Thanks for an informative and well written post on this rather important topic.

The excessive number of ebook formats and the hundreds of e-reading devices, all doing their own thing, is stopping the more careful buyer from fully embracing ebooks and the technologies involved.

Hoping change takes place, and soon.

As I understand it, most if not all of these DRM schemes have been compromised. Thus, the argument that DRM is needed to prevent organized criminals from engaging in massive infringement does not ring true. Organized crime already has the wherewithal to strip the DRM from any eBook and make as many copies as they care to.

Perhaps the real reasons behind DRM are not as socially acceptable as combatting organized crime.

Our Library has very cautiously entered the eBook fray with a small collection from NetLibrary (now owned by Ebsco). The titles are in PDF, which we thought the Kobo reader (reasonably popular in Canada) could read, as well as the Sony Reader. Turns out Kobo can’t read PDF very well. But Ebsco is promising more titles in epub in January, so…

Does this mean that any Adobe PDFs I have purchased independent of Amazon, will need to be converted somehow, so that I can load & read them on my Kindle?

PDFs that do not have Adobe DRM on them can be read without any conversion on the Kindle. If you have purchased PDFs from a site that uses Adobe DRM, the Kindle won’t allow those to be displayed….you’ll have to find a way to remove the DRM before the Kindle will be able to display them.

Nice write-up.

A couple of typos.

Amazon’s file extension is .azw (not .amz).

Mobipocket comes as .mobi or .prc (not pdb).

Note that prc was also used by Sony earlier. It is a container format that could be any number of things but is now so associated with mobi as to be considered interchangeable with it now.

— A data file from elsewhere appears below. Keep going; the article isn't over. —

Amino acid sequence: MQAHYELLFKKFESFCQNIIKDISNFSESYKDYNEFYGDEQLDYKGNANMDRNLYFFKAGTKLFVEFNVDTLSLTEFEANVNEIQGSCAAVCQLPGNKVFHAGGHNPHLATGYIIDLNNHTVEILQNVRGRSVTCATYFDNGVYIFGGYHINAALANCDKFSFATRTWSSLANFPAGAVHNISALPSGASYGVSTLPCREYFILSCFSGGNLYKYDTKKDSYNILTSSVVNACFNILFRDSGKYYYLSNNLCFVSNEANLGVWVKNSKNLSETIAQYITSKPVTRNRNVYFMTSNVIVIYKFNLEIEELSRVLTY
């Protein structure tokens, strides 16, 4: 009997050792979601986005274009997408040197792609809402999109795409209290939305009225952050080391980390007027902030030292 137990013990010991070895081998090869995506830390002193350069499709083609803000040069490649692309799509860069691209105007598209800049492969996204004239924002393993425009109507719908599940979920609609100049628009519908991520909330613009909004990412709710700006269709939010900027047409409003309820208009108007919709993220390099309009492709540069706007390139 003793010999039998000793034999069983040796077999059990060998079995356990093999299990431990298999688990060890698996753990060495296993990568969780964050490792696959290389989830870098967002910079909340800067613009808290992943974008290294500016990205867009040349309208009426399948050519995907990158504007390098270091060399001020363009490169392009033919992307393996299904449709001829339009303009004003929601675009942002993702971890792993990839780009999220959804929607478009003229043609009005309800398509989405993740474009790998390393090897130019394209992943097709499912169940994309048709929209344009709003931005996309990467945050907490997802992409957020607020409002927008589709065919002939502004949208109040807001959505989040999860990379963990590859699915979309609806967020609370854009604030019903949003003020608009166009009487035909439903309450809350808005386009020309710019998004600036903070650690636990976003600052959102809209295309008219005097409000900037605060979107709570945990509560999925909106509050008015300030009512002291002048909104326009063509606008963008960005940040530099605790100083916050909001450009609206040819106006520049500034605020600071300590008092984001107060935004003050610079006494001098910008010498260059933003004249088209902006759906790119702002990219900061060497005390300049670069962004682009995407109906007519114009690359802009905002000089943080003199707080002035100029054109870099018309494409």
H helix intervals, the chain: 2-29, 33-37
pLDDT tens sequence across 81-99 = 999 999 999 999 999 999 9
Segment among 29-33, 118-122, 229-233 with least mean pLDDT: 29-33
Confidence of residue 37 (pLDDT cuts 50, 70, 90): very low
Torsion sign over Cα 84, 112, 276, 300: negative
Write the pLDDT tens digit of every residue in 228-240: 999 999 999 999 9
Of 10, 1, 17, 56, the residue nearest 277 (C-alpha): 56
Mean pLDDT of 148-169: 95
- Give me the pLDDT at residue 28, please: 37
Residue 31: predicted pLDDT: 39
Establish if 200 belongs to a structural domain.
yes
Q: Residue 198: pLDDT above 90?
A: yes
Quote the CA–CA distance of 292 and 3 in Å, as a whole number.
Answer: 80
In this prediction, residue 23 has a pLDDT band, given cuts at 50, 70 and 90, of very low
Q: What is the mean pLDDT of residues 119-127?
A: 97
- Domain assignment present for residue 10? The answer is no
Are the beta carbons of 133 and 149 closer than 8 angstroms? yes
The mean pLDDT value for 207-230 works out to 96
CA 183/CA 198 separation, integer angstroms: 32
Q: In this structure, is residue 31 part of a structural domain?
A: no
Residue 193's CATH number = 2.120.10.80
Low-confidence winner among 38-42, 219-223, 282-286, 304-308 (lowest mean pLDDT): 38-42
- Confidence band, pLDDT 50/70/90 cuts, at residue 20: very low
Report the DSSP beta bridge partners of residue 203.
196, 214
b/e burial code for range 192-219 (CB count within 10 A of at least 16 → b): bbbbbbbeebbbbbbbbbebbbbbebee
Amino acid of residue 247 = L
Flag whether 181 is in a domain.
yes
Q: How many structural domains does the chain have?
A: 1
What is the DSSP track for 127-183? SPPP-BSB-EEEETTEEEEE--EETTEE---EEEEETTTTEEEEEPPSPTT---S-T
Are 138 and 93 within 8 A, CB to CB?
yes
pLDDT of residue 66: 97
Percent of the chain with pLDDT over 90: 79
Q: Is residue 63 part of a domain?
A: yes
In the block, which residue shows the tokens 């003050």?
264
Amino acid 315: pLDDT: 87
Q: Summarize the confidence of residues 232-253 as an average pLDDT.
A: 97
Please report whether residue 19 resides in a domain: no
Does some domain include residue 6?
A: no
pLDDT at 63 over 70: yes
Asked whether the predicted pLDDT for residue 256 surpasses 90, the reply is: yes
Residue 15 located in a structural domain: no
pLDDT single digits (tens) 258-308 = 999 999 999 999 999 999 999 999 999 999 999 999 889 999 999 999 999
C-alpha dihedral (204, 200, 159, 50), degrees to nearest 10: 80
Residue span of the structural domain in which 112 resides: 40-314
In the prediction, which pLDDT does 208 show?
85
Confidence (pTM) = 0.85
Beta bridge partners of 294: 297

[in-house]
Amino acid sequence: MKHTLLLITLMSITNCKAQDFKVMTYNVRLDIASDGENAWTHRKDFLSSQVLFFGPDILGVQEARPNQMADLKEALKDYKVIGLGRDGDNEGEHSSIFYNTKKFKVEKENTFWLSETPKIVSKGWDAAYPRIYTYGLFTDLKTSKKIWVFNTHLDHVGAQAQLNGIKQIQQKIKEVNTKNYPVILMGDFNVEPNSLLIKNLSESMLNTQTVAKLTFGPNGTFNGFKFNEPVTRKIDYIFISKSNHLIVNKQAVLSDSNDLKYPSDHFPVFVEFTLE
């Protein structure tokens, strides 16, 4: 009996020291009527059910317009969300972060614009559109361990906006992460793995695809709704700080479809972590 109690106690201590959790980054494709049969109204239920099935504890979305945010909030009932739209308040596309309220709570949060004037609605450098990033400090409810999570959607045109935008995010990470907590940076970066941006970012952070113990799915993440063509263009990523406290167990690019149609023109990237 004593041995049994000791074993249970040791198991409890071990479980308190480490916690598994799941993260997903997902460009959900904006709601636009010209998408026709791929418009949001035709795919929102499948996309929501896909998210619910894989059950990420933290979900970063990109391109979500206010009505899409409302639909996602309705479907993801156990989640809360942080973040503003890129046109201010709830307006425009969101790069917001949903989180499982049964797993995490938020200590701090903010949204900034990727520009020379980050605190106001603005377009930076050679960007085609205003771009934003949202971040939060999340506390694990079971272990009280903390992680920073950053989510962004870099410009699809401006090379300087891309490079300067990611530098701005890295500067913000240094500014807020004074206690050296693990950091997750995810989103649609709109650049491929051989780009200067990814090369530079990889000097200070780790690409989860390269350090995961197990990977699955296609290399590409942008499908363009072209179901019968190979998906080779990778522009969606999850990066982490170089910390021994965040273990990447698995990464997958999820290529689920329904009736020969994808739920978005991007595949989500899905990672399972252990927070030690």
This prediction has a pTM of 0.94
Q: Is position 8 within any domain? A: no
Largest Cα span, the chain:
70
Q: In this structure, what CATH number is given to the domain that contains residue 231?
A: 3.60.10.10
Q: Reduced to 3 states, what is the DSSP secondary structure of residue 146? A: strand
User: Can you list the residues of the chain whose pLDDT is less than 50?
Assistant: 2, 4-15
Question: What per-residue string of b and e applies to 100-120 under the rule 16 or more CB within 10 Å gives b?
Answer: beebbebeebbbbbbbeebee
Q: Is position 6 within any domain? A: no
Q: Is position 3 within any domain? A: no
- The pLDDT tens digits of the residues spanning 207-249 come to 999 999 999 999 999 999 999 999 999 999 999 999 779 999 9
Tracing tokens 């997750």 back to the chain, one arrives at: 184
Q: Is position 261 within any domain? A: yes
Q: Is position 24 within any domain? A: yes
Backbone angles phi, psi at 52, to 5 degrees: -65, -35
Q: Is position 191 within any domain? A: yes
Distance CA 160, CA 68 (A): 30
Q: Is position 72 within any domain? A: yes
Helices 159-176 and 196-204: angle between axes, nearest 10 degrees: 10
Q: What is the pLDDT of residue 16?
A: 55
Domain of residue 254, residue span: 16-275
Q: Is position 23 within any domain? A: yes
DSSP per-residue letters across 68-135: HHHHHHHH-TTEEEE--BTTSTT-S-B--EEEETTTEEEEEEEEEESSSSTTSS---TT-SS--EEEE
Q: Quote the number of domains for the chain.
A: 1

Jeff…thanks for the correction on the .azw thing. You’re right, .azw is the eBook filetype, and .amz is the file that Amazon uses for controlling music downloads. I just missed that completely.

As to .pdb, it’s an older ebook format that is similar to mobi, and I still had a few hanging out. I just chose the wrong file to check the extension when I was writing. .prc is what I meant.

Thanks again!

[…] Digital Rights Management—which are access control technologies that are used by hardware manufacturers, publishers, copyright holders, and individuals to limit the use of digital content and devices. **This is why Amazon’s Kindle does not work well if at all with libraries digital software (mainly Overdrive), why an ebook you want is not available or the waiting list is so long for it (libraries can buy titles, but they only come with so many licenses for viewing at the same time—or certain books are not yet available in digital format and sometimes never will be) More on explaining DRM can be found here  […]

[…] The first question is harder, but the answer is that ePub on Kindle doesn’t mean anything to libraries or to patrons. Why? Our good friend DRM. It is extraordinarily unlikely that Amazon will replace their own DRM with that used by the library industry (and by others in the eBook world), Adobe Digital Editions. If you aren’t familiar with the various DRM used in the industry, I’ll refer you to my previous post on eBooks, Filetype, and DRM. […]

I was considering a purchase of an ebook reader to read some of the hundreds of books in PDF and other file forms but after seeing these problems, it seems to much of a gamble to spend money for something that has an even chance of not working for me. I found an earlier Sony 300cs model for a fair price that was refurbed but even that likely would not work for me. I do have the Kindle PC software and do not like it and prefer to convert back to PDF to read on my computer. Thanks for the heads up, too much market control for me to get in yet.

Leave a Reply

Your email address will not be published. Required fields are marked *